In the afternoon ROY MCLEOD (Sydney) presented on the Journal “Minerva”, which he himself edited for over a decade. Focused on the history of science rather than literature, this publication is set apart from the other journals, and moreover, along with one or two others (“China Quarterly”, “Quadrant”), it still exists. McLeod expounded how science and academia occupied a particularly prominent position within the cultural cold war, akin to arts and literature yet also distinct, especially due to a strong emphasis on academic freedom in western ideology. He then looked at Edward Shils, who played a decisive role in shaping the journal in its early years. McLeod’s analysis of the American sociologist’s reception of Max Weber’s notion of “Wertfreiheit” in science added a thought-provoking dimension to the discussion about content, politics and policy. The discussion that followed revolved around the hypothesis that science had become the “ideology after the end of ideology.” Moreover, a very specific understanding of modernity drove “Minerva”, which was distinct form the literary modernity prevailing in “Tempo Presente” or “Encounter”.
From an Asian Studies perspective ANN SHERIF (Oberlin, OH) examined the Japanese journal “Jiyu”. In the Pacific, the relations to the United States were influenced by parameters that can only partially be compared to those of the North Atlantic. While the rather elitist editorial staff at “Jiyu” was aiming to follow the Euro-American model, a “practice of affiliation” developed. Sherif explained how articles by Japanese intellectuals were explicitly interspersed with so-called “imported authors”, translations of contributions from the European journals. The lack of specialists on Japan among the CCF organizers drew considerable influence for those who could act as cultural brokers, like Edward Seidensticker. The issue of language featured prominently in the comments from the other participants: Jiyu means ‘liberty’, but what form does that liberty take? Furthermore, the question arose whether an ideology like the liberal anti-communist consensus, with its direct links to distinctly western conventions of thought, could even take root in a country based on entirely different philosophical and intellectual traditions.
The (post)colonial dimension of the subject was illustrated particularly strongly in the paper by OLGA GLONDYS (Barcelona) that dealt with the Latin American journal “Cuadernos”. She described the dominance of Spanish exiles in the editing board, which moreover convened not in Latin America but far away in Paris. Intellectual arrogance and/or ignorance towards indigenous topics led them to direct their vision of the journal’s program almost exclusively towards Europe. This, often coupled with a rather dismissive tone and an almost outright colonial attitude, Glondys argued, resulted in detrimental criticism among Latin American intellectuals. More than any other journal, therefore, “Cuadernos” had to struggle to keep its reputation in face of the local intellectual landscape. Eventually, the Cuban revolution ultimately sealed its fate. There were careful attempts to move further to the left, which ironically were welcomed more vigorously among the central CCF organizers than by some of the dominant (Spanish) personalities in the direct editorial staff. The journal represents a special case of the CCF attempting to radically change editorial direction due to changing local circumstances, but the attempt back-fired by stirring up new controversies.
Thanks to the pre-circulation of papers, a number of additional contributions by participants who could not make the trip to Munich also fed into the discussion and considerably broadened the scope of the workshop. Thus MARIA MUDROVICIC (Ann Arbor, MI) complemented the Latin American perspective in her paper on “Mundo Nuevo”, the journal that followed after Cuaderno’s demise. PAOLA CARLUCCI (Richmond, VA) offered an additional view on “Tempo Presente”, CASANDRA PYBUS (Sydney) dealt with the Australian publication Quadrant and FELIX TWERASER (Carrolton, GA) analyzed Forum, originally edited by Friedrich Torberg in Vienna. Finally, RODERICK MACFARQUHAR (Harvard) presented another editor’s perspective in his piece on the “China Quarterly”.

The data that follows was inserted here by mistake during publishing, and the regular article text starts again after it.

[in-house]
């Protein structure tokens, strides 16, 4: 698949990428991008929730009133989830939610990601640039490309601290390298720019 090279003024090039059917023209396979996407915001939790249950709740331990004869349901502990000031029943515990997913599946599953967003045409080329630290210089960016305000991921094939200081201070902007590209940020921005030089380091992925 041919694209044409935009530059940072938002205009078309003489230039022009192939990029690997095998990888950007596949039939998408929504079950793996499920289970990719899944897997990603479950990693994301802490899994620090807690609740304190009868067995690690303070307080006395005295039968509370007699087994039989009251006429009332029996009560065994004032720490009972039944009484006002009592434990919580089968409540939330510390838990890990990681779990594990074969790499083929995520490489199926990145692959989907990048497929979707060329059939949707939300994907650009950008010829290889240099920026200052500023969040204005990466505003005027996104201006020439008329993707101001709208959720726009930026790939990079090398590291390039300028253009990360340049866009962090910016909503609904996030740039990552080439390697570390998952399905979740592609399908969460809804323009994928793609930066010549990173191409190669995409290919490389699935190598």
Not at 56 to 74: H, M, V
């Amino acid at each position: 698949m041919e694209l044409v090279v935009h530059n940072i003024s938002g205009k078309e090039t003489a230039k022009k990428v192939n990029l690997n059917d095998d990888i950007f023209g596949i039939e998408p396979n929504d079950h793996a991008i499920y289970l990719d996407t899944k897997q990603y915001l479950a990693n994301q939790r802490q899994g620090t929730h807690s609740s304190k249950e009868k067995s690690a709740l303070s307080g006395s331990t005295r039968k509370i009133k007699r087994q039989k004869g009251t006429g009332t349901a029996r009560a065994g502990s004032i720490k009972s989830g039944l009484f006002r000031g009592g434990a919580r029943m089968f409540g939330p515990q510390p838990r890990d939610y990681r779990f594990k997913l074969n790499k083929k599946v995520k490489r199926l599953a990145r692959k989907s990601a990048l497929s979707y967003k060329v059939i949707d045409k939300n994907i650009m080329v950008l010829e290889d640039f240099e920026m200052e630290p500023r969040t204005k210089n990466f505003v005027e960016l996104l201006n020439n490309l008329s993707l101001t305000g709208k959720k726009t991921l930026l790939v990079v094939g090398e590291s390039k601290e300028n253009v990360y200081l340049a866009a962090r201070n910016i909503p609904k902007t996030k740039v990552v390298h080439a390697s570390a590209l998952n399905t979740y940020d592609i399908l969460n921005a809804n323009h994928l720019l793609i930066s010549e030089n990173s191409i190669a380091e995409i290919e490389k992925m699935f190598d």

The conclusions from this workshop will need further exploration in the future. Some issues may apply to all the journals like negotiating the balance between the national and the local ambitions and the autonomy of the editors. Others aspects like the relation between center and periphery come out more forcefully in certain contexts rather than in others. The influence of the CIA certainly continues to be relevant but it, too, has to be looked at in more detail, allowing for the fact that neither the CCF nor the CIA was a unified institution. Different degrees of intrusion in different local editorial processes and at different points in time need to be related to larger political developments.
The sense of entitlement among western intellectuals and a very elitist understanding of culture certainly informed the vision of the CCF. New research needs to also carefully consider the readership, both national and international, in order to get a clearer sense not only of what was being transmitted but also of what was being received. Thus, to hark back to a well-known metaphor, the question can no longer simply be: Who paid the piper? But rather: What instrument did the piper play and what did the tune sound like to those who listened?
Giles Scott-Smith (Leiden) / Charlotte Lerg (Munich), Goals for the Project
Jason Harding (Durham) / Matt Spender (London), Encounter
Nicolas Stenger (Geneva), Preuves
Todd Wier (Munich/Belfast), Der Monat
Chiara Morbi (Birmingham), Tempo Presente
Roy Macleod (Sydney), Minerva
Ann Sherif (Obelrin, OH), Jiyu
Olga Glondys (Barcelona), Cuadernos
Maren Roth (Munich), Introduction to the Lasky Archive
Additional papers discussed:
Maria Mudrovicic (Ann Arbor, MI), Mundo Nuevo
Paola Carlucci (Richmond, VA), Tempo Presente
Casandra Pybus (Sydney), Quadrant
Felix Tweraser (Carrolton, GA), Forum
Roerick MacFarquhar (Cambridge, MASS), China Quarterly
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Charlotte Lerg. Review of , The Journals of the Congress for Cultural Freedom. A Global Perspective on the Cultural Cold War.